Regulating the Polluters: Markets and Strategies for Protecting the Global Environment
National governments and private stakeholders have long recognized that protecting the global environment requires international cooperation.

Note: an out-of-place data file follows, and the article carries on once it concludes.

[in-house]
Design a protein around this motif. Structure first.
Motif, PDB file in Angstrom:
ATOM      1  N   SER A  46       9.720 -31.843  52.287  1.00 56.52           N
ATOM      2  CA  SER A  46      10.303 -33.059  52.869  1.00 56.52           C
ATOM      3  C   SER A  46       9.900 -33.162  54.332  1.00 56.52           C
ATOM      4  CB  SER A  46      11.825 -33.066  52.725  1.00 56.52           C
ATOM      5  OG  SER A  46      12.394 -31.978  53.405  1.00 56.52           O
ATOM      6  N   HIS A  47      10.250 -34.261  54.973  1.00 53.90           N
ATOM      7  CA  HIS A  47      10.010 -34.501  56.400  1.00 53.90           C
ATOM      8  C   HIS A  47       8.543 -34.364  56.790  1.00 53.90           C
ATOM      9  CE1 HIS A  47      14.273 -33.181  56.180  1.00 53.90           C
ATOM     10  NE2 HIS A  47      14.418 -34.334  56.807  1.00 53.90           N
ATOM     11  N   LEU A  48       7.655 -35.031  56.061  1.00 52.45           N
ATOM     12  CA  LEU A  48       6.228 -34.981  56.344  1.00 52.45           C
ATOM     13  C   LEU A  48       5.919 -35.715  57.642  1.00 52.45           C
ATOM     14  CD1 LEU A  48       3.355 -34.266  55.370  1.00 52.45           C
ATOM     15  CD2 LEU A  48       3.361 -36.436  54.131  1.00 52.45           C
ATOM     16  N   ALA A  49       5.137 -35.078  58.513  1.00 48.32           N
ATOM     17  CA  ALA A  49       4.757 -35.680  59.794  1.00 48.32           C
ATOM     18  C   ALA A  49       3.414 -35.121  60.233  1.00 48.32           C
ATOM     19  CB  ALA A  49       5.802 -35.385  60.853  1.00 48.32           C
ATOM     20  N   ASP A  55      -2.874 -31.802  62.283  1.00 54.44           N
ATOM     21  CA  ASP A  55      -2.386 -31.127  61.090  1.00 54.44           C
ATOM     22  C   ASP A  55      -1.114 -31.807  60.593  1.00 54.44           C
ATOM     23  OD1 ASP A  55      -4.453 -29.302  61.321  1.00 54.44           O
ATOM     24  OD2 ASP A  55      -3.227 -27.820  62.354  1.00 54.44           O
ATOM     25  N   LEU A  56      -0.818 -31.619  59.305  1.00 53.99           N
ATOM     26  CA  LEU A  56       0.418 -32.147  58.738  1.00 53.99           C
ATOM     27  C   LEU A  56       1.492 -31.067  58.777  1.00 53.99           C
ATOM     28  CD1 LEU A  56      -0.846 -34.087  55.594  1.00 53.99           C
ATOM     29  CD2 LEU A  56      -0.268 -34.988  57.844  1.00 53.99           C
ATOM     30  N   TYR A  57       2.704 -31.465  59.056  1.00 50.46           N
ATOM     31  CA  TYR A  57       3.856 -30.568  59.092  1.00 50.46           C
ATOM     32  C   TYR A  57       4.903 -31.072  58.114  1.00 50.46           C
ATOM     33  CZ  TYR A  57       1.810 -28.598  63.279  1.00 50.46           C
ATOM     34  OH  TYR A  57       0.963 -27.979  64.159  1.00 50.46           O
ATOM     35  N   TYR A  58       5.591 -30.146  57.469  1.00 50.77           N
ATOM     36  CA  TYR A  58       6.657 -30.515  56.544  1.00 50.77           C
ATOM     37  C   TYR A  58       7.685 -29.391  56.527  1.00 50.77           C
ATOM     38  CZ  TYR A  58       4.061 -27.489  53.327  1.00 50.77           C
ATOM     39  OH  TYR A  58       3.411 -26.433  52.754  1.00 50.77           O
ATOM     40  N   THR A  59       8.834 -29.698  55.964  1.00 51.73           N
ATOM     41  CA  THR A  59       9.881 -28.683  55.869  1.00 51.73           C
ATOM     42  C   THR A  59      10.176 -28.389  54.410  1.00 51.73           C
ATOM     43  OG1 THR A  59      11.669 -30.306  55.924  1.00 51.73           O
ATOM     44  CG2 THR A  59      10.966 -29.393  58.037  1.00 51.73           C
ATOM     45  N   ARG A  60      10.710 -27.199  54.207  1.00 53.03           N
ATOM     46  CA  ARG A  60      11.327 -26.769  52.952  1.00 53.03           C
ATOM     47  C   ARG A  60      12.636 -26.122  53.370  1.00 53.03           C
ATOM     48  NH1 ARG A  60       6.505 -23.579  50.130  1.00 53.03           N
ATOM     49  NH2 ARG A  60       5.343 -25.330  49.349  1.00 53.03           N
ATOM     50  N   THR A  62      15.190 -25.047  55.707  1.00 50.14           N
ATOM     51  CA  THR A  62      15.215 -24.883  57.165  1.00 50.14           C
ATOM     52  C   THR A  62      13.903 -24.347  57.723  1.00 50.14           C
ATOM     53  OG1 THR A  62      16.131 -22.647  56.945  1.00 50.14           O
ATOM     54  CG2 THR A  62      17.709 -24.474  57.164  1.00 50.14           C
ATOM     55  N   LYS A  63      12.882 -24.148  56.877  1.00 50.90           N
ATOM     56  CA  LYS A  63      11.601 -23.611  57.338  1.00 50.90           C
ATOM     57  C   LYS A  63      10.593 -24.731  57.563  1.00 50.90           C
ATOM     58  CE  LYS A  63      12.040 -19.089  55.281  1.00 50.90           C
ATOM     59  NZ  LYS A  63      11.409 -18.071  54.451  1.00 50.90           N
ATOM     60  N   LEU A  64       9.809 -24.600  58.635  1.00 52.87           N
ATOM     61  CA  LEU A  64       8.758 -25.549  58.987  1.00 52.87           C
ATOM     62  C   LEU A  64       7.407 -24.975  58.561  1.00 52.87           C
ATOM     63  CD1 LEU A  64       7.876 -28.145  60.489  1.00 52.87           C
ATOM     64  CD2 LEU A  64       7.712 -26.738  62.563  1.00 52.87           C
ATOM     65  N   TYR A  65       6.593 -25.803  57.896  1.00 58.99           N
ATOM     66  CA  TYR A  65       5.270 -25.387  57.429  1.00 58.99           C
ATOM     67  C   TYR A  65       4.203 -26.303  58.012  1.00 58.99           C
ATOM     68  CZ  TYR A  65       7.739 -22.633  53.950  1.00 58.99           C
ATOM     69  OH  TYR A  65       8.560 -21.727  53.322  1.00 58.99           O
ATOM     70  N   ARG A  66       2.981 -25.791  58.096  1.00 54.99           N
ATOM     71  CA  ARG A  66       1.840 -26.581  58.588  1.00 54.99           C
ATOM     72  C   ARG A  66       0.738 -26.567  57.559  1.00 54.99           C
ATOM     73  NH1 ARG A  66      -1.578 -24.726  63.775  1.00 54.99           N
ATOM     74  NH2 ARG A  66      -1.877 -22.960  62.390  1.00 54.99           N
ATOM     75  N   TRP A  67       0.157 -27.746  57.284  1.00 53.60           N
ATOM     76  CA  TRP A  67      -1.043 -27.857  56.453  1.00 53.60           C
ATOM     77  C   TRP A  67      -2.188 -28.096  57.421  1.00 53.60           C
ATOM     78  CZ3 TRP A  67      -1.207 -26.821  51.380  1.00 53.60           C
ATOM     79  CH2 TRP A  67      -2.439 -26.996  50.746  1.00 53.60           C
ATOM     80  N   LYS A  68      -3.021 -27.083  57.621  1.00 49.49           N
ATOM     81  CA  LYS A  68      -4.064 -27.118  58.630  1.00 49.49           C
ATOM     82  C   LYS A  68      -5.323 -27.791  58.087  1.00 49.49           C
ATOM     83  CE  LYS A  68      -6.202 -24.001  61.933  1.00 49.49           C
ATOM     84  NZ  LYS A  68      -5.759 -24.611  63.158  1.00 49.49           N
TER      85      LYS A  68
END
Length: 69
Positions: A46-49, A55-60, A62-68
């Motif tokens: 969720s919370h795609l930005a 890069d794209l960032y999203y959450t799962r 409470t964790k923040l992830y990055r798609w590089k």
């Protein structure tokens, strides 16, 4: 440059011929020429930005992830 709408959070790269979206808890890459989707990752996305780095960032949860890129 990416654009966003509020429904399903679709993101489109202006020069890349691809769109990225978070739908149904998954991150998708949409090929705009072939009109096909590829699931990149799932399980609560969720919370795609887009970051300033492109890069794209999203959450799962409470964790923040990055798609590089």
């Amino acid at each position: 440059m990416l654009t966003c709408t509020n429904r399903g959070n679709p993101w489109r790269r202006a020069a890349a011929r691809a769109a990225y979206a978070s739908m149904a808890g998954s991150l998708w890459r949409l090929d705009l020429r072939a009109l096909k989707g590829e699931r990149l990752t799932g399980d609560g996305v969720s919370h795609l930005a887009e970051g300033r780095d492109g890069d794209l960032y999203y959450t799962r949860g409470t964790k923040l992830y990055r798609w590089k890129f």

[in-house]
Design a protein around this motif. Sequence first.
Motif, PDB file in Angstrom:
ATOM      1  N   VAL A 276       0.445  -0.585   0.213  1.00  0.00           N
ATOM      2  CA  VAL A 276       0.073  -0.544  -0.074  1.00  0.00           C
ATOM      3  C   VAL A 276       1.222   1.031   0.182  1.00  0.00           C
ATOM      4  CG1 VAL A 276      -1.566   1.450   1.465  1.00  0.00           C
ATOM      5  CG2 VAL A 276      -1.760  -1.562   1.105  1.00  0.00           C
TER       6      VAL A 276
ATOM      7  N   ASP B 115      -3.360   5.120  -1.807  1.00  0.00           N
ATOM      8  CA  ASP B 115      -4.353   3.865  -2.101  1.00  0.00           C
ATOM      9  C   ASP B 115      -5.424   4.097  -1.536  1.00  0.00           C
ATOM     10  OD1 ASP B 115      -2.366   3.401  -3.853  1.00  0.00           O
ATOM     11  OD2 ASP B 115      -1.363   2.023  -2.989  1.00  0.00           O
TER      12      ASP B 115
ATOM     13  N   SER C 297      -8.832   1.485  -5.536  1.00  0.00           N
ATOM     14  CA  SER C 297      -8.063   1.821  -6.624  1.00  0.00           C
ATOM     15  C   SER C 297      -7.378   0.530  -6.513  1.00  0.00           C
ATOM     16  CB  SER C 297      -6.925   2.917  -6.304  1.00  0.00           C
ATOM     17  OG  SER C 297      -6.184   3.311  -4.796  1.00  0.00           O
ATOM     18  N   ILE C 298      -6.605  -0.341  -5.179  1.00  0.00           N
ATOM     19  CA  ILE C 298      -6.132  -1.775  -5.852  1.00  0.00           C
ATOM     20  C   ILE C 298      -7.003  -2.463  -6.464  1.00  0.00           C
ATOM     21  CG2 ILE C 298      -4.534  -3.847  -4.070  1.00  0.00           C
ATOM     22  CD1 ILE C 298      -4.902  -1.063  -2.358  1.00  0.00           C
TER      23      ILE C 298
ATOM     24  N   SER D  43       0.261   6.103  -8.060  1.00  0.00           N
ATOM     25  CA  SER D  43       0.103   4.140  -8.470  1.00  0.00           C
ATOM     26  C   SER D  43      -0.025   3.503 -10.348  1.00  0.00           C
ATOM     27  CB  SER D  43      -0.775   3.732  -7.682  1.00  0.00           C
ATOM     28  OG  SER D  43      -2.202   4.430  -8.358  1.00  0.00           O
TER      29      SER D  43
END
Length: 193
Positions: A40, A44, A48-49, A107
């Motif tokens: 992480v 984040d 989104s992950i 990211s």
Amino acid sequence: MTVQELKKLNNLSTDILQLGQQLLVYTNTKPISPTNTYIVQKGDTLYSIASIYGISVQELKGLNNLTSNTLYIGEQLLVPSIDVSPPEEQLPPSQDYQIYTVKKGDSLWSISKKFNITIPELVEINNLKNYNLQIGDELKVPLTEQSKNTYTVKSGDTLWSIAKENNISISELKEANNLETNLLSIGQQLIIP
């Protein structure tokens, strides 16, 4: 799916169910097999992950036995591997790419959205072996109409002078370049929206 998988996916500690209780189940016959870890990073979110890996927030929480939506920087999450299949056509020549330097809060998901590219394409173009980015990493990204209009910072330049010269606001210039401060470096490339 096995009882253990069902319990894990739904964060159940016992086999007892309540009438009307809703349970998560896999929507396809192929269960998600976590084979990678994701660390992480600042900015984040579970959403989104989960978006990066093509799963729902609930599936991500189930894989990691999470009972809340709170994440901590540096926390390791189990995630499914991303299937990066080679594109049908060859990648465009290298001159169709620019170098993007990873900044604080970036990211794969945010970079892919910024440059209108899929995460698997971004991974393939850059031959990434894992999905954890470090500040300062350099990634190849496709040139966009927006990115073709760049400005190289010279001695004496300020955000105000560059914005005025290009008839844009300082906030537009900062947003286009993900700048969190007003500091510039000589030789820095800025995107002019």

Climate change, tropical deforestation, biodiversity loss, ozone depletion, hazardous wastes, and ocean pollution are among several issues that have brought national governments together to alleviate the consequences of environmental degradation. As they have worked to mitigate these global problems, national governments have developed a wide variety of environmental regime designs. But why have national governments created different international rules and institutions to address global environmental issues? Some national environmental regimes are more institutionally integrated, some have relatively narrow mandates, some have legally binding obligations while others do not, and some obligations are determined through multilateral negotiations while others are nationally determined. In other words, what explains the pattern of regime designs in global environmental governance? Alexander Ovodenko argues that this variation can be explained by looking to a dynamic that has been thus far downplayed by the literature on global environmental governance: the structures of industries regulated by environmental rules.